So, you used to be a vampire – you would suck people’s blood until they ran dry?
Yes, but I’ve moved on. I’m now a SEO [search engine optimisation] consultant and I suck people’s bank accounts dry instead. I guess I was born to suck. It’s not such a bad life.
Don’t you worry that you’ll get caught someday?
Not really. SEO consultants have been moving amongst the business community with impunity since the late 1990s. People see us, but they don’t really see through us if you know what I mean. We wear special opaqueness cloaks which are made up of fast talk and jargon.
Do you have any weaknesses – can you be killed?
We’re sensitive to website analytics reports, especially the daylight of business conversion data. But no, we can’t be killed.
Are you in cahoots with any other dark forces?
Yes, digital marketing agencies often provide us with safe-harbour.
Who are your most vulnerable prey?
We target the weak and desperate business-mind. We use a ‘get found on page 1 of google’ hazing-charm to confuse their power of reasoning, and then we put them on a monthly SEO maintenance plan. We suck them until they financially run dry, or the hazing-charm wears off – whichever comes first.
That sounds awful! How do you live with yourself? I mean, what do you see each morning when you look in the mirror?
Nothing, I’m a vampire.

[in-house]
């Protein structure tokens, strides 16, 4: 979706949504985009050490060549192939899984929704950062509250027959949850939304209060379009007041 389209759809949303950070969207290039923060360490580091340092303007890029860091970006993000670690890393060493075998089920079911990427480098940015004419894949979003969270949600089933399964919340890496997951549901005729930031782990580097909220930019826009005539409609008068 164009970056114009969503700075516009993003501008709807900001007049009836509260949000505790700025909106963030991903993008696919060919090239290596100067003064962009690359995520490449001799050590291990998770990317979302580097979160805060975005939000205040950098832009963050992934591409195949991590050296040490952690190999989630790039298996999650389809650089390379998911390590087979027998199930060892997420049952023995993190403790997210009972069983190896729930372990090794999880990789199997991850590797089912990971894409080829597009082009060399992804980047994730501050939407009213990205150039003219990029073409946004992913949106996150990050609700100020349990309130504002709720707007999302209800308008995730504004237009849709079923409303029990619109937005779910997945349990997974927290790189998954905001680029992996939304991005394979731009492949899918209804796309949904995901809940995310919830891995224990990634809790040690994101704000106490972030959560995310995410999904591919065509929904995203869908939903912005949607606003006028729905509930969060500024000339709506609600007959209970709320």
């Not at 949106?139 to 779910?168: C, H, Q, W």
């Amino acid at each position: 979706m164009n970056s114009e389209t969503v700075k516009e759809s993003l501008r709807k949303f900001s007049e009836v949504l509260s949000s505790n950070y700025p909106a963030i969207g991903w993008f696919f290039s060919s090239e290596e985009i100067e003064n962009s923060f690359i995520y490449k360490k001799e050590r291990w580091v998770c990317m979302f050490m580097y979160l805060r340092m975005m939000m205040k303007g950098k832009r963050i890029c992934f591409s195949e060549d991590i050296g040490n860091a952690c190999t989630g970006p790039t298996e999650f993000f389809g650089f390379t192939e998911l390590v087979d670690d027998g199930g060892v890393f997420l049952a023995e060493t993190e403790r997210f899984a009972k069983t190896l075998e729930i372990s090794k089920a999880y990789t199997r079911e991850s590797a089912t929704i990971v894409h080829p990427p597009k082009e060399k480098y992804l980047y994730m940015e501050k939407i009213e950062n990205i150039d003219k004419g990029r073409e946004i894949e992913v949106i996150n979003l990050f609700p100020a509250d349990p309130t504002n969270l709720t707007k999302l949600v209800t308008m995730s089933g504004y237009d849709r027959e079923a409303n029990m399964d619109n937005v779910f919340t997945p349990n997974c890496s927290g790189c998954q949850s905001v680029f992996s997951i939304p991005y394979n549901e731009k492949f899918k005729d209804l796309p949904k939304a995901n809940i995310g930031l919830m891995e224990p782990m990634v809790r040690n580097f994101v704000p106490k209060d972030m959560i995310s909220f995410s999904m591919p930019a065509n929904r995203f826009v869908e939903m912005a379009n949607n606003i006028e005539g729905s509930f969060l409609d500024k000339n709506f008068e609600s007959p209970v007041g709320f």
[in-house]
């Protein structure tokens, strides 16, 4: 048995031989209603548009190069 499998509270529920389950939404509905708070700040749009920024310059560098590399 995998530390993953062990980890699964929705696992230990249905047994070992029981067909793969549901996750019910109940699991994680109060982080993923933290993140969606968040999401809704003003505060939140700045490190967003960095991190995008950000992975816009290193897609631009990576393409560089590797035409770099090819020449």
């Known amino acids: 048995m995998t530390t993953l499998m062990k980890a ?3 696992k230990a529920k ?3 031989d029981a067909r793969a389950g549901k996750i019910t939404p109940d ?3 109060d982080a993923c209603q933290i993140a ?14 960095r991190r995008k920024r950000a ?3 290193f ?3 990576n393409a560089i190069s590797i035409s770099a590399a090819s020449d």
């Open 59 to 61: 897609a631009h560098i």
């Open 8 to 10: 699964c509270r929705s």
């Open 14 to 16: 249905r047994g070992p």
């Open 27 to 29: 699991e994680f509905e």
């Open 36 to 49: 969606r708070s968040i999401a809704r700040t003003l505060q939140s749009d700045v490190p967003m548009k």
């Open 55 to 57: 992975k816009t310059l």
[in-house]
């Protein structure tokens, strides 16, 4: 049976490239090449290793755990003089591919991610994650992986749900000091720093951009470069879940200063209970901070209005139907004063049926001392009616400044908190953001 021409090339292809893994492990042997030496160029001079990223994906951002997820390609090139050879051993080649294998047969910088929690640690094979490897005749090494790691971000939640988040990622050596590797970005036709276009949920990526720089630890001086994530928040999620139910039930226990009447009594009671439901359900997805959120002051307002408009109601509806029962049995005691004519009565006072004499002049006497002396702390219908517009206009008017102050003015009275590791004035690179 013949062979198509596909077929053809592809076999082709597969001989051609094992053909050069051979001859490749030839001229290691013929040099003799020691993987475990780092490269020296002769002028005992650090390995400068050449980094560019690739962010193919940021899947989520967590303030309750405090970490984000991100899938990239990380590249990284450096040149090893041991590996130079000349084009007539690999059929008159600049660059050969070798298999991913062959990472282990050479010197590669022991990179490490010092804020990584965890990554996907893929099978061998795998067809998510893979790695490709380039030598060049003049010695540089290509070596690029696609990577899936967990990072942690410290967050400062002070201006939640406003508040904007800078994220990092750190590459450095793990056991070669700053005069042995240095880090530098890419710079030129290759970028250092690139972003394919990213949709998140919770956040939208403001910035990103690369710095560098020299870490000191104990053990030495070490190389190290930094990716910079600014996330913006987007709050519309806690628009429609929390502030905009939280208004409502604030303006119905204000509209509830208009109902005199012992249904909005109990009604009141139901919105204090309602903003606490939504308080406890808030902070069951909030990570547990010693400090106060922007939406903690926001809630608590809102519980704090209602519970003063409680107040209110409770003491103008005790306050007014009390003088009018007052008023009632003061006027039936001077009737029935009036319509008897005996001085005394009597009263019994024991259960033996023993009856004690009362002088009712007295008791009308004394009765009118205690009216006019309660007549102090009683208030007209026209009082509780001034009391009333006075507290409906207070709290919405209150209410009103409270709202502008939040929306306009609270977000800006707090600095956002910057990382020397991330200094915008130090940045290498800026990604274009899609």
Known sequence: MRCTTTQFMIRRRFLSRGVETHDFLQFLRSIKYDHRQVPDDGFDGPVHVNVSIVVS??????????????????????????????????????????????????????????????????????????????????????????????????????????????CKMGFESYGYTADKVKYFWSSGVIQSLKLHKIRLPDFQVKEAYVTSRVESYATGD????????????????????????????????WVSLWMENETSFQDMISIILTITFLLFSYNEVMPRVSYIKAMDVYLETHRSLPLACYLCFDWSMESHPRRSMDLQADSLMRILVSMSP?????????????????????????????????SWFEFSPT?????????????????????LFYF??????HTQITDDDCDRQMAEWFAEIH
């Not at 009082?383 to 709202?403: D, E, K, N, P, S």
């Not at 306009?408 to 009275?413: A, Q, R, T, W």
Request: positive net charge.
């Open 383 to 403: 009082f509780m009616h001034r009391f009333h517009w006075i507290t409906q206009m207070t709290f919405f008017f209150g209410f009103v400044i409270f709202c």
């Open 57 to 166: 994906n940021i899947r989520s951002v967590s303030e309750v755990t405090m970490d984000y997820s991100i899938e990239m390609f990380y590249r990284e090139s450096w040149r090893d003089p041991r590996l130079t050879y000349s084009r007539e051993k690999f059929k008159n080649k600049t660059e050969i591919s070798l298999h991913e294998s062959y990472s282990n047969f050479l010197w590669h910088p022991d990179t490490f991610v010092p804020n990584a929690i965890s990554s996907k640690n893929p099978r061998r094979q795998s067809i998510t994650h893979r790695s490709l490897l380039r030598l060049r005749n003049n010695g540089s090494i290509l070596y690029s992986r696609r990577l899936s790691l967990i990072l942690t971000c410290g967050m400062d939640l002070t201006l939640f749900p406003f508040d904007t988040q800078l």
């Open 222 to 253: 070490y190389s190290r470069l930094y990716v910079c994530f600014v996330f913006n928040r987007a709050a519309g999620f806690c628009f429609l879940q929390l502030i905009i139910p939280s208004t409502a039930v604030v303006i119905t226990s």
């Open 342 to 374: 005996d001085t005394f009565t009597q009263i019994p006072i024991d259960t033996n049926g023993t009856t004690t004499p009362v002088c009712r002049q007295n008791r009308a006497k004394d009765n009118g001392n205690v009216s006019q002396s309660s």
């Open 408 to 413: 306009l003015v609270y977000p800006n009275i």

Okay, getting creepy now. Thanks for your time. Let me get the window…
Most SEO ‘consultants’ are dodgy as hell – they’ll take your money and do you damage. But if you’ve already gone down that dark hole, consider the following:
1. SEO (search engine optimisation) is driven by solid content, not the sprinkling of keywords. One does not ‘do’ SEO, one creates volumes of great market aligned content. Is your consultant helping you with content creation? Would your SEO guy know the first thing about the informational needs of your target audiences? Probably not.
2. SEO is not about optimising your website for the 50 most popular keywords. Read ‘The Long Tail’ by Chris Anderson if you want insight to the thinking process of the remaining 98% of any given market segment.
3. SEO is not a set-and-forget thing. Quality content creation and online publishing is an ongoing business imperative (no-one said this would be easy, but then again if it were easy everyone would be doing it well).
4. SEO trickery is dangerous. Contrived back-links, repetitive anchor-text, keyword density formulas and other mumbo-jumbo will be sooner or later be caught out in a search engine algorithm update and your website will be slapped back to the last century.
5. SEO ‘maintenance plans’ are a RORT. Maintaining what!?
6. SEO without conversion reporting is meaningless. Who cares how many people arrived to your website via organic search – for most of us that’s only a mean to some business end. See if you can find a SEO consultant who will take payment based on measurable conversion performance (good luck).
7. Many so-called SEO consultants have the worst websites – crap copy, cheesy stock images, unsubstantiated claims – they’re not very good marketers. And you want to let them loose on your business…?
Titles associated with online content generally fall into 1 of 3 camps: enticing, search aligned, and space-fillers. Be clear how you’re positioning your titles in the first two instances and avoid the latter.
1. Titles Designed to Entice